Communal spaces: aggregation and integration in the Mogollon Region of the United States Southwest

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Aggregation and integration are processes that occur in human societies throughout the globe. An informative example of population aggregation and social integration can be observed in the North American desert borderlands from A.D. 250 to 1450 in the area known as the Mogollon region. In fact, Mogollon communities oscillated from smaller social groups into larger ones and dispersed into smaller groups only to form larger ones again. For this reason, examining the groups of people living in the Mogollon region provides a magnified view of social change over a substantial period. Understanding patterns of aggregation and integration provides researchers with ... continued below

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552 p.

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Nisengard, Jennifer E. December 1, 2006.

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Description

Aggregation and integration are processes that occur in human societies throughout the globe. An informative example of population aggregation and social integration can be observed in the North American desert borderlands from A.D. 250 to 1450 in the area known as the Mogollon region. In fact, Mogollon communities oscillated from smaller social groups into larger ones and dispersed into smaller groups only to form larger ones again. For this reason, examining the groups of people living in the Mogollon region provides a magnified view of social change over a substantial period. Understanding patterns of aggregation and integration provides researchers with the promise for research into the nature of these phenomena. In general, the Mogollon region is characterized by limited water supplies and low average annual precipitation. However, pockets of the Mogollon area, including the Mimbres valley and the Gila River valley, represent oases, where permanent rivers and their associated tributaries allowed for the pursuit of agricultural endeavors and access to a wide variety of wild plant and animal resources. The areas with these kinds of potential became population centers for previously dispersed groups of people living in the region. These people exploited natural resources and practiced agriculture in areas surrounding their communities. Over time, more organized aggregated and socially integrated communities were established throughout the region. Using ancient Mogollon communal architecture, commonly called kivas, this study examines issues of, and evidence for, population aggregation and social integration.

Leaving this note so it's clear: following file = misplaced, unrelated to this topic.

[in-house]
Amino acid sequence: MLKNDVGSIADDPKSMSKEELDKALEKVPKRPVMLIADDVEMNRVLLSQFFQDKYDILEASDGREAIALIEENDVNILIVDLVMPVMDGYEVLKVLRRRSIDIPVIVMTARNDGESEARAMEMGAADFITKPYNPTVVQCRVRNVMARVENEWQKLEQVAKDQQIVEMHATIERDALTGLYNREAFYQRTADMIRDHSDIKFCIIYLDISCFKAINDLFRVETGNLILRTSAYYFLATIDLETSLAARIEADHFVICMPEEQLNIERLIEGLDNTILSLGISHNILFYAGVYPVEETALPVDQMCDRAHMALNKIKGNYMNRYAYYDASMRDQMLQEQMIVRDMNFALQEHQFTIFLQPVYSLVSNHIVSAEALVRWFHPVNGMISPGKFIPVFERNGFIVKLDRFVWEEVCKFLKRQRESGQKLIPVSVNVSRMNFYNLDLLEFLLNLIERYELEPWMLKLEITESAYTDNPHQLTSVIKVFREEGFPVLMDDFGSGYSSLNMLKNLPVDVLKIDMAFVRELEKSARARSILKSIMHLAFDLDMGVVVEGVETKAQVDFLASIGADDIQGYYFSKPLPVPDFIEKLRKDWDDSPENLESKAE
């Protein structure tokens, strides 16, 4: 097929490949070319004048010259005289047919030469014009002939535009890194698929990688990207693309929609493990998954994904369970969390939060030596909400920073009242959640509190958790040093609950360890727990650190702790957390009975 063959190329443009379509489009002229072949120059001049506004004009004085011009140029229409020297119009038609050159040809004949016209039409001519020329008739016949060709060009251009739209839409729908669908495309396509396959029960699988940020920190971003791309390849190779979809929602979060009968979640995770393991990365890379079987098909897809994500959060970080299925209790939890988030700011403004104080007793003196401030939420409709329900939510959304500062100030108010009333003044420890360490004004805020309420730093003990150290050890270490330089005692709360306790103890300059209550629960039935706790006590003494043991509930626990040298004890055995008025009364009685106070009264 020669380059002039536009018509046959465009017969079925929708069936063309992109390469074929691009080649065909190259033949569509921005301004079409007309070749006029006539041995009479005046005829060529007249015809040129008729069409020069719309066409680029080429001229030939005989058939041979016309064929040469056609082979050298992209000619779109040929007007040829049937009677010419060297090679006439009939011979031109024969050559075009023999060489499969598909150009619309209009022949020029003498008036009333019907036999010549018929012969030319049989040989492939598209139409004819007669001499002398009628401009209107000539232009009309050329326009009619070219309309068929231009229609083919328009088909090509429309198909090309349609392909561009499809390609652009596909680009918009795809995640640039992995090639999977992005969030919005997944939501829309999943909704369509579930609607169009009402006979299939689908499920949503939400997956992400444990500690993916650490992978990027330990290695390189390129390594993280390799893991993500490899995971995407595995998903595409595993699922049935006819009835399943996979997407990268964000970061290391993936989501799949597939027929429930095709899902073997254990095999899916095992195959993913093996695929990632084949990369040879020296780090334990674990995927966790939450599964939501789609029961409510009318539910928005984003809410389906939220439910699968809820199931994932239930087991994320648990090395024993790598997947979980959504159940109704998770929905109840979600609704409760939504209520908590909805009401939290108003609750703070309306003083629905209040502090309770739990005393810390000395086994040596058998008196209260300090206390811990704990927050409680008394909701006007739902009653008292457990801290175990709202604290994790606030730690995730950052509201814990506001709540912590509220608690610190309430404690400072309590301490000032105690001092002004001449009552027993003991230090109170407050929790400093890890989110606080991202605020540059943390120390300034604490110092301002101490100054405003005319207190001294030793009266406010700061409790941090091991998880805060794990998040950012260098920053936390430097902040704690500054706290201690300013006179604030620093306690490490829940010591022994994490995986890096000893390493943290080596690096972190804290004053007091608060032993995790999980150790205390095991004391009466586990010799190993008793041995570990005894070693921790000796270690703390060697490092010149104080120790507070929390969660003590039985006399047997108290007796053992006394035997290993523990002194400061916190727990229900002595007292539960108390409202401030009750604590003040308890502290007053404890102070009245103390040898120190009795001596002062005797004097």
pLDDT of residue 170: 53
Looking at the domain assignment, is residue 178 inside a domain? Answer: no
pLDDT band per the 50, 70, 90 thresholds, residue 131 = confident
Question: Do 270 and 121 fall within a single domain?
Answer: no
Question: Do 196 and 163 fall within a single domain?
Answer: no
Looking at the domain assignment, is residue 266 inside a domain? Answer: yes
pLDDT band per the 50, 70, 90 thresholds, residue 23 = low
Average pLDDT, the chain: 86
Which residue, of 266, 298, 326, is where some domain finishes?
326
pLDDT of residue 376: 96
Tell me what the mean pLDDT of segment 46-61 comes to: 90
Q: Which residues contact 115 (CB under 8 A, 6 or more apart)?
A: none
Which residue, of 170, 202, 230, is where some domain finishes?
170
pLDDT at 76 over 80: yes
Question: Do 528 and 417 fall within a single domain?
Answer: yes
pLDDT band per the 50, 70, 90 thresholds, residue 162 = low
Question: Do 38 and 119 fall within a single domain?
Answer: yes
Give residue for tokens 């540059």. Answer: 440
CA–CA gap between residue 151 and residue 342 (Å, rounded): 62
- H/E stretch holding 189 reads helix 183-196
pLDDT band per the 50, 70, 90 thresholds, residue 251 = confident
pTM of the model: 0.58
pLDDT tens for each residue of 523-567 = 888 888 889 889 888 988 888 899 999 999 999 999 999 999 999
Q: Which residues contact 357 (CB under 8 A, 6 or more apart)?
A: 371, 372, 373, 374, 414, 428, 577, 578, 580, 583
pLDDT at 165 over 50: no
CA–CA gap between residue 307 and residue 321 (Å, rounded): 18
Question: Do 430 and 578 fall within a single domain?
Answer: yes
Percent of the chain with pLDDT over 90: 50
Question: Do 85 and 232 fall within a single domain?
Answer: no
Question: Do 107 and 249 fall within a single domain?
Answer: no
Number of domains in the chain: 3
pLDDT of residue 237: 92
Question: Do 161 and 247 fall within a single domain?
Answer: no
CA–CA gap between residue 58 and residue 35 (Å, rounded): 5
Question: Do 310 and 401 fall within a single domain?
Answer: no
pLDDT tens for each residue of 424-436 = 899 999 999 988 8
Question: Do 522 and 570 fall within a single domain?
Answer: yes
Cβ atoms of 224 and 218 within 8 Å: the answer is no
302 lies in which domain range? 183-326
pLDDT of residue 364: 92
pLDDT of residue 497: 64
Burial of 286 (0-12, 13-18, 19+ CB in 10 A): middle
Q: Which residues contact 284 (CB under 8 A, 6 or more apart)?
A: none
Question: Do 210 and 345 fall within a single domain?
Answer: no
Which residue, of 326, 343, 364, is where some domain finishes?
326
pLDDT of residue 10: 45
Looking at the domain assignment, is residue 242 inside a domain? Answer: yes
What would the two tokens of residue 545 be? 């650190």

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552 p.

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  • Report No.: LA-14312-T
  • Grant Number: DE-AC52-06NA25396
  • DOI: 10.2172/948462 | External Link
  • Office of Scientific & Technical Information Report Number: 948462
  • Archival Resource Key: ark:/67531/metadc897455

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Office of Scientific & Technical Information Technical Reports

Reports, articles and other documents harvested from the Office of Scientific and Technical Information.

Office of Scientific and Technical Information (OSTI) is the Department of Energy (DOE) office that collects, preserves, and disseminates DOE-sponsored research and development (R&D) results that are the outcomes of R&D projects or other funded activities at DOE labs and facilities nationwide and grantees at universities and other institutions.

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Creation Date

  • December 1, 2006

Added to The UNT Digital Library

  • Sept. 27, 2016, 1:39 a.m.

Description Last Updated

  • Dec. 2, 2016, 10:16 p.m.

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Nisengard, Jennifer E. Communal spaces: aggregation and integration in the Mogollon Region of the United States Southwest, report, December 1, 2006; Los Alamos, New Mexico. (digital.library.unt.edu/ark:/67531/metadc897455/: accessed November 22, 2017), University of North Texas Libraries, Digital Library, digital.library.unt.edu; crediting UNT Libraries Government Documents Department.